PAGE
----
Erickson Living has big plans in Virginia, and the upcoming construction of a $300 million continuing care retirement community (CCRC) outside of Richmond is one of the linchpins.
The Catonsville, Maryland-based owner and operator will open a sales center for Avery Point in the Richmond suburb of Shore Pump, Virginia, in April 2020, Erickson Living Director of Sales Jim Antonako told Senior Housing News.
Avery Point will include 1,160 independent living units, 120 assisted living units, 60 memory care units and 60 skilled nursing beds. Construction of the CCRC’s first phase — two residential buildings containing 200 independent living units and a main commons building — are set to begin shortly after the sales center opens. All told, the plans call for 14 buildings to be constructed across 94 acres.
Erickson, which ranked seventh on industry association Argentum’s 2019 list of the nation’s largest senior living providers, has an active development pipeline in Virginia. The operator has another CCRC in development, Erickson at Braddock in Fairfax County. Along with two other CCRCs — Greenspring in Springfield and Ashby Ponds in Ashburn — Erickson is poised to become the largest senior housing provider in Virginia.
Avery Point and Braddock are part of a new development pipeline valued at nearly $2 billion over the next five years. Erickson’s portfolio includes 19 communities totaling more than 21,000 units in Colorado, Florida, Kansas, New Jersey, Maryland, Virginia, Pennsylvania, Texas, Massachusetts, Michigan and North Carolina.
Favorable population trends
Avery Point’s location is a mile west of Shore Pump Town Center and a 15-minute drive from downtown Richmond, which has been in a growth mode for most of the 2010s. Richmond’s population has grown 12% — nearly 24,500 people — since 2020, with people moving to Virginia’s capital city accounting for nearly 64% of that growth, U.S. Census Bureau data showed. The 65-and-over age group accounts for 12.1% of Richmond’s total population.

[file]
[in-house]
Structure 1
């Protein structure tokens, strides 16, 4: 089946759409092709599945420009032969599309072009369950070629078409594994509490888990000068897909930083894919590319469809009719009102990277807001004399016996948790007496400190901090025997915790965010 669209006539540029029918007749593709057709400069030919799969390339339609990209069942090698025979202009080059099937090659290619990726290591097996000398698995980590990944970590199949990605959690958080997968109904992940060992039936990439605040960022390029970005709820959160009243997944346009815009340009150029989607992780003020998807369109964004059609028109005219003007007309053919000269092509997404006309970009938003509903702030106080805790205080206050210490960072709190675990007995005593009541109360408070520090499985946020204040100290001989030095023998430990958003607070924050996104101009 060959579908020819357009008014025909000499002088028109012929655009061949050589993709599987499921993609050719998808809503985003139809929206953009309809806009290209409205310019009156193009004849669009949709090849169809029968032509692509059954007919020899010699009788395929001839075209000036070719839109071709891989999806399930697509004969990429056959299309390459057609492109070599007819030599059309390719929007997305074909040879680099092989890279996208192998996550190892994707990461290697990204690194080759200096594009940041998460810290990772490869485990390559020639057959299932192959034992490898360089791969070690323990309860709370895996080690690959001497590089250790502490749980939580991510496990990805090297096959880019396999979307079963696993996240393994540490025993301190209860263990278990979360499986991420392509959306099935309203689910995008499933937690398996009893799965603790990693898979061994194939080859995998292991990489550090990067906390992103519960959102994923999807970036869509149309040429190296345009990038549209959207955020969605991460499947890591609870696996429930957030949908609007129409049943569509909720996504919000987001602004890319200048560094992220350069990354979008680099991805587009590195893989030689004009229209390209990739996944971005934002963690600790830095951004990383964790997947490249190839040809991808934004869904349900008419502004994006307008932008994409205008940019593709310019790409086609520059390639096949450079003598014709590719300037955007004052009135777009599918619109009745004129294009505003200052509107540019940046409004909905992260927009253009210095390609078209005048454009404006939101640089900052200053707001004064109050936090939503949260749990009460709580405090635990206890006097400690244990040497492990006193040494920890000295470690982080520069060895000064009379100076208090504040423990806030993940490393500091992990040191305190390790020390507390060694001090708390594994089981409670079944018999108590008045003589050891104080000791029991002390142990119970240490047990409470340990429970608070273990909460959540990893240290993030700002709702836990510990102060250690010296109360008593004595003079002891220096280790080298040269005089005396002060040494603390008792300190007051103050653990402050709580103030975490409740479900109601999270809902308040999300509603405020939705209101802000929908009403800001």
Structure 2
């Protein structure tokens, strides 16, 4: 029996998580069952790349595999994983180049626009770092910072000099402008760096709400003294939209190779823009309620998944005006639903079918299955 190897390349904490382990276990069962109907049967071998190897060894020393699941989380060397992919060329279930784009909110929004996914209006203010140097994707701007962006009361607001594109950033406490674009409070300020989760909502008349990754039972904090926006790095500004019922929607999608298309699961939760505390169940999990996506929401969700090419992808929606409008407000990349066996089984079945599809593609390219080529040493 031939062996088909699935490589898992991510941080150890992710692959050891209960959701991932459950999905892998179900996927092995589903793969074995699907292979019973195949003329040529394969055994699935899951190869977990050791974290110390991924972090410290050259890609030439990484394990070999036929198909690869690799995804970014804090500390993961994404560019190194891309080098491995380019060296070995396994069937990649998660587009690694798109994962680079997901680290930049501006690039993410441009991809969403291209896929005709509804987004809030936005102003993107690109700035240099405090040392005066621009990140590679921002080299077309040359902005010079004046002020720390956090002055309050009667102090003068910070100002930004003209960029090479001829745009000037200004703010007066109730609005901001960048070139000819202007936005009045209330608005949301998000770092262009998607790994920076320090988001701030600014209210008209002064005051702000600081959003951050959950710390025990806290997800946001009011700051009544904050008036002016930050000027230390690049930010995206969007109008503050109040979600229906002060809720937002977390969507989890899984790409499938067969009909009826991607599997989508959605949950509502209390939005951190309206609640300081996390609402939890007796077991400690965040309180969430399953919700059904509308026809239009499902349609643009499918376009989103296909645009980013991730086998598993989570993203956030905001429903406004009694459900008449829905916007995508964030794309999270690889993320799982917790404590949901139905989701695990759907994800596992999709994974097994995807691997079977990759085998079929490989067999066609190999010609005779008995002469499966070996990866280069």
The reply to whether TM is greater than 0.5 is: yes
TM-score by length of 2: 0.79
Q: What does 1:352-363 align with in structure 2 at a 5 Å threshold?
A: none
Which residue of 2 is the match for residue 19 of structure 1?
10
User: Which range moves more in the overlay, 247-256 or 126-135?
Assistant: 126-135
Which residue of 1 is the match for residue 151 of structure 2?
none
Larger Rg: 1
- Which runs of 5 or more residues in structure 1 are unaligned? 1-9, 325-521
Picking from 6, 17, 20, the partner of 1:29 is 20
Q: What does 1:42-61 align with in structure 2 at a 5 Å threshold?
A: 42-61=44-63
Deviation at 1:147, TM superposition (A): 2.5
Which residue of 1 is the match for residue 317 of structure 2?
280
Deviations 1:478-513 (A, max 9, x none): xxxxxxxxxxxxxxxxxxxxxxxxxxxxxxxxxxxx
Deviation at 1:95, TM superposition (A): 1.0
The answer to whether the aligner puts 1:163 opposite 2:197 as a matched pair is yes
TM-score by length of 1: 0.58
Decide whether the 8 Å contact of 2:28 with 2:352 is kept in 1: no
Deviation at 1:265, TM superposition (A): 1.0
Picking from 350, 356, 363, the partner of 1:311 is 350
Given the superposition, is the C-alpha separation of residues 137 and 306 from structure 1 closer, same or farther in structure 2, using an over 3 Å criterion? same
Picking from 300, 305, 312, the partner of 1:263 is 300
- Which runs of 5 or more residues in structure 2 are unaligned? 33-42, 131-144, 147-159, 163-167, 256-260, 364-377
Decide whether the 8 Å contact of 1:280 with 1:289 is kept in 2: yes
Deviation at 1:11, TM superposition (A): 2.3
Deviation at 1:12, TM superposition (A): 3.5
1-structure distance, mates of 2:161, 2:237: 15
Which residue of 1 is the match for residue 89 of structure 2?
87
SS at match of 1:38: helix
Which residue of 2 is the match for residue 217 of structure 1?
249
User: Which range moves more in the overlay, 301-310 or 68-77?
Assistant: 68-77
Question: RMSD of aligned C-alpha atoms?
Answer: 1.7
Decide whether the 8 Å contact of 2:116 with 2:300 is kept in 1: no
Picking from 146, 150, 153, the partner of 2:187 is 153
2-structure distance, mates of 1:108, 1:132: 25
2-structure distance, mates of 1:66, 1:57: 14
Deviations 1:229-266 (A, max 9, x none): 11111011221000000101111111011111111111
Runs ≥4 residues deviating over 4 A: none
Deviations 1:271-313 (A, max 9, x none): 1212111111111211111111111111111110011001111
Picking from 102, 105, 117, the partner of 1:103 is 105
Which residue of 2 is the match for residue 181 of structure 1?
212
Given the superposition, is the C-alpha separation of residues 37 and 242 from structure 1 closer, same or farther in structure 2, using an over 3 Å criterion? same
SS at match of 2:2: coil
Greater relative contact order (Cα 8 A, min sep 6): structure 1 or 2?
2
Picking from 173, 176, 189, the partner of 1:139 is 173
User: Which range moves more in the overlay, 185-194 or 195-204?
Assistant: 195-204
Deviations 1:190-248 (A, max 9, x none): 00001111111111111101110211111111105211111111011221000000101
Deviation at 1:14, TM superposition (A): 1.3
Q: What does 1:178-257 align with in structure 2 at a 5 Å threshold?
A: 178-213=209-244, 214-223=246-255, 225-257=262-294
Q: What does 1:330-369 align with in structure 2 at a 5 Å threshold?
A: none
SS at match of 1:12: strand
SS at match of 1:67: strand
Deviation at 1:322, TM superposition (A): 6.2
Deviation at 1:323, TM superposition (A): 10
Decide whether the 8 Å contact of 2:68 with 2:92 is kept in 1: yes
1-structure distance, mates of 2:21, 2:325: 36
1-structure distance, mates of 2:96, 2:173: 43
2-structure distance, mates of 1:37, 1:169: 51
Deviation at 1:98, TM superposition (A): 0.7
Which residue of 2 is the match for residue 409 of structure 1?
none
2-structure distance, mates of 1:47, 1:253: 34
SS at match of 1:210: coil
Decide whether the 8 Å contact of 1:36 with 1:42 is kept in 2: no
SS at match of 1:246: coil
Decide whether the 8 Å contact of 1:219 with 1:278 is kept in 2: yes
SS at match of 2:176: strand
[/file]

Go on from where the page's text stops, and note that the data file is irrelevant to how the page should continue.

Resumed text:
“There are some CCRCs in the market that are doing well, and our research suggests there will be a greater demand for senior housing. We’re well situated to attract people who want to be near the Shore Pump area,” Antonakos said.
Erickson believes that Avery Point’s size will give it an advantage over other CCRCs in the market. The size allows for economies of scale in operations.
Other CCRCs in the Richmond market are a mix of older properties and newer communities that aren’t as large as Avery Point. In nearby Goochland, Resort Lifestyle Communities paid about $3 million for a 39-acre plot where the company is planning a 130-unit development.
To meet future demand, several of the older communities are undergoing renovation and expansion projects, while Erickson enters the market as a self-funded developer with financial stability, Antonakos noted.
Monthly rates are still being settled, but Erickson expects entrance fees to start in the $200,000 range, with 80% of that refundable if someone chooses to leave or dies. Erickson is also weighing a non-refundable option. Avery Point’s amenities package includes a 43,000-square-foot common space with a theater and restaurants; a fitness and aquatics center; a medical center with primary care providers on site; and Erickson will provide transportation to medical locations off-site, if necessary.
Although Erickson does offer a Medicare Advantage plan called Erickson Advantage as a joint venture with UnitedHealthcare, the provider is unsure if it will be available to residents at Avery Point.
Overall, Antonakos sees the positive population trends as a rising tide that can float all boats, and he emphasized that senior living providers in the area are collegial.
“It’s a very collaborative environment in this market and we all believe that if we can collectively help seniors to make the right [housing] decisions, all of us will be full,” he said.